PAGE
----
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Tubing Bender Basics

What is a tubing bender? If you're like me you might think it's a person with superhuman strength bending the bars of a prison cell. Or you might think of Bender, the crass bending robot from Futurama. But the topic of tube bending is actually fairly simple to comprehend and this article attempts to spell things out in a clear manner.

Starting at the very basics, a tubing bender is just that: a machine that bends a tube to the precise shape that is required. The tube can have multiple bends in different directions. Tubes are bent around what is called a die. The die controls the angle of the bend. The die remains stationary as the tube is loaded into the machine (either automatically or manually) and is bent around the die.
There are many applications for tubing benders spanning many different industries. For examples, look at a motorcycle - many parts of the motorcycle have been bent or formed by a machine. The motorcycles handlebars, exhaust system, sissy bar, luggage rack, even portions of the frame, are all likely to have been bent into their current shape by a tubing bender machine. Other examples of tubing benders include roll cages, automotive parts, railway parts, angle iron, rebar, sign frames, trailer frames, furniture tube frames, copper plumbing, hydraulic joints,  gym equipment, baby carriages and heat exchangers. The list could go on and on as the possible applications for tubing benders are almost limitless.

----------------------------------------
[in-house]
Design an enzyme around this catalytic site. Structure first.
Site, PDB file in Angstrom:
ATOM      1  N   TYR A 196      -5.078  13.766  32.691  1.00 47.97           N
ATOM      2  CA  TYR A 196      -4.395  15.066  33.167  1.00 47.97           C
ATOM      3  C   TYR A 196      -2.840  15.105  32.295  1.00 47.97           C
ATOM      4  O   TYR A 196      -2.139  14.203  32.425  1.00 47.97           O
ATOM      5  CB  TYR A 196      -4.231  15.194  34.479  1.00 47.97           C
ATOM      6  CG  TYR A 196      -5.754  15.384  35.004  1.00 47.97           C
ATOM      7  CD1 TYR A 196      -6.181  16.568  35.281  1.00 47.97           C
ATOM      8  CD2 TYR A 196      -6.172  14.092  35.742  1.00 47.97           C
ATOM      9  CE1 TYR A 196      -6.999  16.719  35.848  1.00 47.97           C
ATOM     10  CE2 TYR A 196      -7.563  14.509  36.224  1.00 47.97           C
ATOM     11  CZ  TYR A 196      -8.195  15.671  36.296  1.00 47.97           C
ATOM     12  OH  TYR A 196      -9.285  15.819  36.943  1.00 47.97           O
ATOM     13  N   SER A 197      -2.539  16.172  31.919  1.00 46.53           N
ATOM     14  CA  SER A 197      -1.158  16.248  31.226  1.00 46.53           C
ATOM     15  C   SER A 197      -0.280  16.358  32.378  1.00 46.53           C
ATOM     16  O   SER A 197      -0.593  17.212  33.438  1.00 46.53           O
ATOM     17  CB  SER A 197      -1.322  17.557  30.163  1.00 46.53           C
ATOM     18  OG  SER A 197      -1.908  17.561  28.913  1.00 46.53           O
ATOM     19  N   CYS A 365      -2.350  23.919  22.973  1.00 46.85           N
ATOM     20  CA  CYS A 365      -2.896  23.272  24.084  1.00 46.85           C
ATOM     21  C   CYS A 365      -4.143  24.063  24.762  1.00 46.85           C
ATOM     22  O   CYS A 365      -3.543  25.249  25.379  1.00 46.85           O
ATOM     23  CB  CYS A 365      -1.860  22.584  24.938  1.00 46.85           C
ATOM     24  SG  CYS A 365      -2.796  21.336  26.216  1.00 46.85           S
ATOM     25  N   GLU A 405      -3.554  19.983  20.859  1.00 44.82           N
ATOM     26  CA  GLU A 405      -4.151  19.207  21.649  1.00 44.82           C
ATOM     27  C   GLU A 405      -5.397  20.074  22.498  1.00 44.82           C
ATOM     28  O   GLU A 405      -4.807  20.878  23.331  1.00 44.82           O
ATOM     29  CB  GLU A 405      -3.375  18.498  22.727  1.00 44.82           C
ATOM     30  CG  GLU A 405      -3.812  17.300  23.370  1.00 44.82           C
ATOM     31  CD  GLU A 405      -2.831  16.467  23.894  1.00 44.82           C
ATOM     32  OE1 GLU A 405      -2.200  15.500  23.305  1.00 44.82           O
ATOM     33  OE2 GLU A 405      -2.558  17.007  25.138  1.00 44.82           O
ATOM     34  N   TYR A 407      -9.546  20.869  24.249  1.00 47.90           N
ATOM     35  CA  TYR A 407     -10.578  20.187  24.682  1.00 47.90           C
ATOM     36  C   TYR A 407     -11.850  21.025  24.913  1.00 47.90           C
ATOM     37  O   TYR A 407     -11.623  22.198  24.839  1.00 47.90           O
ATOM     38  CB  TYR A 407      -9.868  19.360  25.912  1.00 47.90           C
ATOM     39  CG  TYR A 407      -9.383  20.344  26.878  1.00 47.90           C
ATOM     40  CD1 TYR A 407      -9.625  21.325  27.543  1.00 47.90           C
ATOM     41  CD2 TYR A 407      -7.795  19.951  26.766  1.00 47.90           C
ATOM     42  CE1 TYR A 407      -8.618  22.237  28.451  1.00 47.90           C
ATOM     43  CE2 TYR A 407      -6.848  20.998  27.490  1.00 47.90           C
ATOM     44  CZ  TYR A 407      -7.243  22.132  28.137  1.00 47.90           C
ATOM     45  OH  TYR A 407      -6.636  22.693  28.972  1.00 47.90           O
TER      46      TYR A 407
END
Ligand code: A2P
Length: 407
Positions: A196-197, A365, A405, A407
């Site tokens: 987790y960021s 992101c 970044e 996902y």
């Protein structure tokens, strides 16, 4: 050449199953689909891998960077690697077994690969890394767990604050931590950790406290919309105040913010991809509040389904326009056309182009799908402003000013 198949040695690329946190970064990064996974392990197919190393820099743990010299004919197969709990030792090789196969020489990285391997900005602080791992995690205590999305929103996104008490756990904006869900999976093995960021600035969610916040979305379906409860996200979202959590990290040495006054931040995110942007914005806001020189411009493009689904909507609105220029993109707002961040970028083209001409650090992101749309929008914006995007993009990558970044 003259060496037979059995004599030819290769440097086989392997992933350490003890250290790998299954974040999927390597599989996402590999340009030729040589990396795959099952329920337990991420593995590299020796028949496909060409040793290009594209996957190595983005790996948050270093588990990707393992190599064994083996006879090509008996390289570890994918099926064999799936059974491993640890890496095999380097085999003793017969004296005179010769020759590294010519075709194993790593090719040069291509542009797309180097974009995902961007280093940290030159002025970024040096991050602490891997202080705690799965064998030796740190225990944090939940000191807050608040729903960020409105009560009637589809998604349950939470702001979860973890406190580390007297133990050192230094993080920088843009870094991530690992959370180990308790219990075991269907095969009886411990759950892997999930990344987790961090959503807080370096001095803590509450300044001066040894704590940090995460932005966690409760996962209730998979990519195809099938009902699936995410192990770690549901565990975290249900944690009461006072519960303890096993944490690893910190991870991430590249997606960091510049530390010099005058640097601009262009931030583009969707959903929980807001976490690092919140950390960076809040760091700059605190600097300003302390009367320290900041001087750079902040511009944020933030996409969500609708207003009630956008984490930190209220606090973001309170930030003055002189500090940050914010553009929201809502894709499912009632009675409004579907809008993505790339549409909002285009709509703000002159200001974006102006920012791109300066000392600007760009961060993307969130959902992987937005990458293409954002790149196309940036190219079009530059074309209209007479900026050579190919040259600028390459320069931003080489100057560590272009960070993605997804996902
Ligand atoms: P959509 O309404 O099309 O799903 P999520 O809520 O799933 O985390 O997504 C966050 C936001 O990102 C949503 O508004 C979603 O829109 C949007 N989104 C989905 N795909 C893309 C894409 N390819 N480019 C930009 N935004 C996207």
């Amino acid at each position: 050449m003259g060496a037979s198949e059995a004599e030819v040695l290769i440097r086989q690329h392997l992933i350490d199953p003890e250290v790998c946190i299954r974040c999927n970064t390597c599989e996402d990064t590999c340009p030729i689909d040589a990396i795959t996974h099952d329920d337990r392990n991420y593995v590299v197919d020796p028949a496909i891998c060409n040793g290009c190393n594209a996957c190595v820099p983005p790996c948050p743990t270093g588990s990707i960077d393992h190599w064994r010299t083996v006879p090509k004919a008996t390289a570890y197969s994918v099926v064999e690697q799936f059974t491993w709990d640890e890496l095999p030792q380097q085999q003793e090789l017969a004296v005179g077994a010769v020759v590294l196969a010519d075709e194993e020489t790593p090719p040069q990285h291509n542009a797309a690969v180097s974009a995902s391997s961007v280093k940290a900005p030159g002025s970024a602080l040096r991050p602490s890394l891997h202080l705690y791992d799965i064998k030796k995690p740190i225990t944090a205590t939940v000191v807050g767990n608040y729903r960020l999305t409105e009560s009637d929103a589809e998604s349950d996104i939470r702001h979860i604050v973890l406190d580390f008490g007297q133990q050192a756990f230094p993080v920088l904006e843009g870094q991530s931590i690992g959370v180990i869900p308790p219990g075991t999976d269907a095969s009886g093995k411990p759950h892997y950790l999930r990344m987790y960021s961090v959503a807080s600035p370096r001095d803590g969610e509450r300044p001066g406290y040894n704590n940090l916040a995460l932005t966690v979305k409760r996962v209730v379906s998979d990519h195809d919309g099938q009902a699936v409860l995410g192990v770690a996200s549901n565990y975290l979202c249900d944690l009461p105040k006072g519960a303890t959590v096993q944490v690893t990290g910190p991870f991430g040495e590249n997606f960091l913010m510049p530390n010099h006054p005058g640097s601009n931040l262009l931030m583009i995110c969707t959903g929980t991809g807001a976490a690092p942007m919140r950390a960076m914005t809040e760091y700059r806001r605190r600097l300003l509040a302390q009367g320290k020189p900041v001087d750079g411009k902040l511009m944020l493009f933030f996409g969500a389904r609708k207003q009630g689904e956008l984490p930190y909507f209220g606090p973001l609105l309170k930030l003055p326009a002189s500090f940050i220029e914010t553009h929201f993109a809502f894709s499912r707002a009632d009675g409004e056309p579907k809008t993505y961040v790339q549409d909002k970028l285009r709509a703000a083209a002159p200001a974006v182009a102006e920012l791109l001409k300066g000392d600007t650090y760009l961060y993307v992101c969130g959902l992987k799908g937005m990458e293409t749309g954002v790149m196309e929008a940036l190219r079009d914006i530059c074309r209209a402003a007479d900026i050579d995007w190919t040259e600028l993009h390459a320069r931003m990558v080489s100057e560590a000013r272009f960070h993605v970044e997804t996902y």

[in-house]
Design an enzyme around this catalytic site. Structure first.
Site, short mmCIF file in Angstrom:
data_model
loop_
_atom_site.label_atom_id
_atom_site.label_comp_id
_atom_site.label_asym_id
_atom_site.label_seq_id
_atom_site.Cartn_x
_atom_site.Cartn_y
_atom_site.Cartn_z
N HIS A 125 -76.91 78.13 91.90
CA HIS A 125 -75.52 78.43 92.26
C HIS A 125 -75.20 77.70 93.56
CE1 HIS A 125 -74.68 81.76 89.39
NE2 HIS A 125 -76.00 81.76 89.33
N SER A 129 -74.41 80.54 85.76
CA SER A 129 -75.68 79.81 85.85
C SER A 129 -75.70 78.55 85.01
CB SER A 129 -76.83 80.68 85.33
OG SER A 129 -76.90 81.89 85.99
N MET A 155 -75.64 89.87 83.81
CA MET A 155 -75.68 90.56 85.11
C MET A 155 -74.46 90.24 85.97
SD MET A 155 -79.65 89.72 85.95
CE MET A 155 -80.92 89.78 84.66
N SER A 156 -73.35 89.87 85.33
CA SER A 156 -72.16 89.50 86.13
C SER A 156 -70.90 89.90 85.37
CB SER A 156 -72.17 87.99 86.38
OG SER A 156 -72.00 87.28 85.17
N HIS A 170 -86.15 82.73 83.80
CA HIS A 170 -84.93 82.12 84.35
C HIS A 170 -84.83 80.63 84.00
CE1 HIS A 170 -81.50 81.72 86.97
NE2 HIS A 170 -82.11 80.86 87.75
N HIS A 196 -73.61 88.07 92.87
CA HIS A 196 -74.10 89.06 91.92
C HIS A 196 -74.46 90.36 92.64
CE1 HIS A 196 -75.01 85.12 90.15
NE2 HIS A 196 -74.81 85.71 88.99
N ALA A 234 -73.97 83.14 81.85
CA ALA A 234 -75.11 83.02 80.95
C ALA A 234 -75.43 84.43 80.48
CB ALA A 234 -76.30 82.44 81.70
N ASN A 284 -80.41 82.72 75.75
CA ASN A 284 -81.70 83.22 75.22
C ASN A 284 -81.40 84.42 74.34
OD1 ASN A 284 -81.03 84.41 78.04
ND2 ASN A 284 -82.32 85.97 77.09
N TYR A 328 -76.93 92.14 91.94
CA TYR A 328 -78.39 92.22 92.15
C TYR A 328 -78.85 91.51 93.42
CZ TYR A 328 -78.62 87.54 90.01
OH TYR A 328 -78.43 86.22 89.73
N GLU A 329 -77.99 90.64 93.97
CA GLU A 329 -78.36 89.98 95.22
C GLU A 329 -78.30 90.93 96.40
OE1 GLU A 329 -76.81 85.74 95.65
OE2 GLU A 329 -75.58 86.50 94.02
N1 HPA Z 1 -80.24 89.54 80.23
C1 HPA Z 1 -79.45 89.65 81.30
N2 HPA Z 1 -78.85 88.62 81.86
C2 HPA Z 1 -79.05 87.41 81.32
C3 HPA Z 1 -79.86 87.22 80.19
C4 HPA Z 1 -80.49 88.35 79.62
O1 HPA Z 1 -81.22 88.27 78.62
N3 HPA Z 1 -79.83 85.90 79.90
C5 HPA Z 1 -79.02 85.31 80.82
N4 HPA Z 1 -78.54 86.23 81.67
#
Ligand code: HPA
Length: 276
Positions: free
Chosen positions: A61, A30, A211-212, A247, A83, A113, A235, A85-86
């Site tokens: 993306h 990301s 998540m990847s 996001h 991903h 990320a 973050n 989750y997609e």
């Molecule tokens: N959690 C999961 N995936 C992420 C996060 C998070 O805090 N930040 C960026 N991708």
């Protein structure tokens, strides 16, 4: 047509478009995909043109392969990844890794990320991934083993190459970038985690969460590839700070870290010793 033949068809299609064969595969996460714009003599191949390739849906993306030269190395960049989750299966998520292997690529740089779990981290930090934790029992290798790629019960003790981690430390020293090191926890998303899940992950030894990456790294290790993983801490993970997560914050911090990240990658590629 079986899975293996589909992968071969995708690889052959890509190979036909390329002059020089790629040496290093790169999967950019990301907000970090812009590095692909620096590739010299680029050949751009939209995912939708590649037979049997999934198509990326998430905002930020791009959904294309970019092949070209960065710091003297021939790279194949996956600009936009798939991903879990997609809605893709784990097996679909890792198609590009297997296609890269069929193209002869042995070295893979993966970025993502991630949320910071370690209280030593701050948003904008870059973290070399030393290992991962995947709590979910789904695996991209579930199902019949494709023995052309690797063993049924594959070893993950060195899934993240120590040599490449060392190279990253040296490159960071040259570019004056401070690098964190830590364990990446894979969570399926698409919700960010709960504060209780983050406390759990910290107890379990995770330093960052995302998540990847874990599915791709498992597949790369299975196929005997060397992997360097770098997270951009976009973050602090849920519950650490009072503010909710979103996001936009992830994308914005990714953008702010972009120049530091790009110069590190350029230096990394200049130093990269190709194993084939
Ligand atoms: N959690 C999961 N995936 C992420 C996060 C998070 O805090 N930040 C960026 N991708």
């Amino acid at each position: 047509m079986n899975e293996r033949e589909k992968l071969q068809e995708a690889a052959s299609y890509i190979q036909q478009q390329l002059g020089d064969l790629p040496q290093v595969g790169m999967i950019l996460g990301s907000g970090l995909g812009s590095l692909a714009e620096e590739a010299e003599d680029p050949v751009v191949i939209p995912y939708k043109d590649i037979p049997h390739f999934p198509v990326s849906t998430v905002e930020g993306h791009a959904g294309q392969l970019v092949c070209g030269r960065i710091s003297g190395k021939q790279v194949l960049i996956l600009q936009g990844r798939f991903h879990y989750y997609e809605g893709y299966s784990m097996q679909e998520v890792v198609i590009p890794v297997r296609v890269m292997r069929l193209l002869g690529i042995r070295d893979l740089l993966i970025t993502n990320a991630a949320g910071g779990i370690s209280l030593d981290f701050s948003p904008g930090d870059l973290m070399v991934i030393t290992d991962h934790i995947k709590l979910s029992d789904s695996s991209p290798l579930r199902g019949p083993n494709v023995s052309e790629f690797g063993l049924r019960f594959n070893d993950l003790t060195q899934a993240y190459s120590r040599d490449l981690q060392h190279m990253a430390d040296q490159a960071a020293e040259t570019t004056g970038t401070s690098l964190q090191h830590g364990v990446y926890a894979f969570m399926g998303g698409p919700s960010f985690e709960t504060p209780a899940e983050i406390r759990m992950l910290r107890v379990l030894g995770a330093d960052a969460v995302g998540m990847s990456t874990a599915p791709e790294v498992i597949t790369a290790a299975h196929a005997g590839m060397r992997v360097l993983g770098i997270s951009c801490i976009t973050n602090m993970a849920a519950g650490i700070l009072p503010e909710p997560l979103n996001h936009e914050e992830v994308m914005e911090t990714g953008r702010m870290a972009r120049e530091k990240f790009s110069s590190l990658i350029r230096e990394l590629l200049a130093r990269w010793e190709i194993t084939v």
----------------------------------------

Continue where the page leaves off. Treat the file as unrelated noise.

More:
The tubing is typically cylindrical (or "round stock") but rectangular and square tubing can also be bent. 
The materials used vary from application to application, but the one thing they have in common is that they're ductile. Ductile simply means the ability of a material to deform while it's being bent, or it's ability to deform due to tensile stress. In other words, if you bend a material, will it snap or will it stretch with the bend? 
Ductility is commonly confused with malleability. Ductility refers to the plasticity of the material under tensile stress. Malleability is the materials ability to deform under compressive stress. Think of tensile stress as tension against an object, for instance bending it. Compressive stress could be hammering, stamping, pressing or rolling the material. 
In tubing bender applications, much thought goes into the type of material that is used. For instance, depending on what the desired shape of the product to be bent will be, steels with different alloys might be used (for instance increasing the level of carbon in steel will decrease the ductility of it). The fracture point of the material is determined by something called "ductile-brittle transition temperature" (or DBTT).
Common materials used (and those used by Bendco) include stainless steel tubing, aluminum tubing, steel round tubing, steel square tubing,  steel rectangular tubing, aluminum tube assemblies and copper tubing.
A common type of bend is an elbow bend. This is bending the tube at an angle of between two degrees and ninety degrees. A U-bend tube is one which is bent one hundred and eighty degrees.
In some bends, something called a mandrel in placed in the tube to prevent it from collapsing. The mandrel is inserted and stays in the tube at the location of the bend, bending with the tube and reinforcing it. Think about the material of the tube as it's being bent: the outer part of the bend is stretched out, while the inner portion is compressed. The mandrel helps prevent wrinkles or creasing due to the stress of the bending.
Hopefully this was an enlightening and informative introduction to the process of tubing benders.  Let us know how we can assist you with any tubing bender applications!


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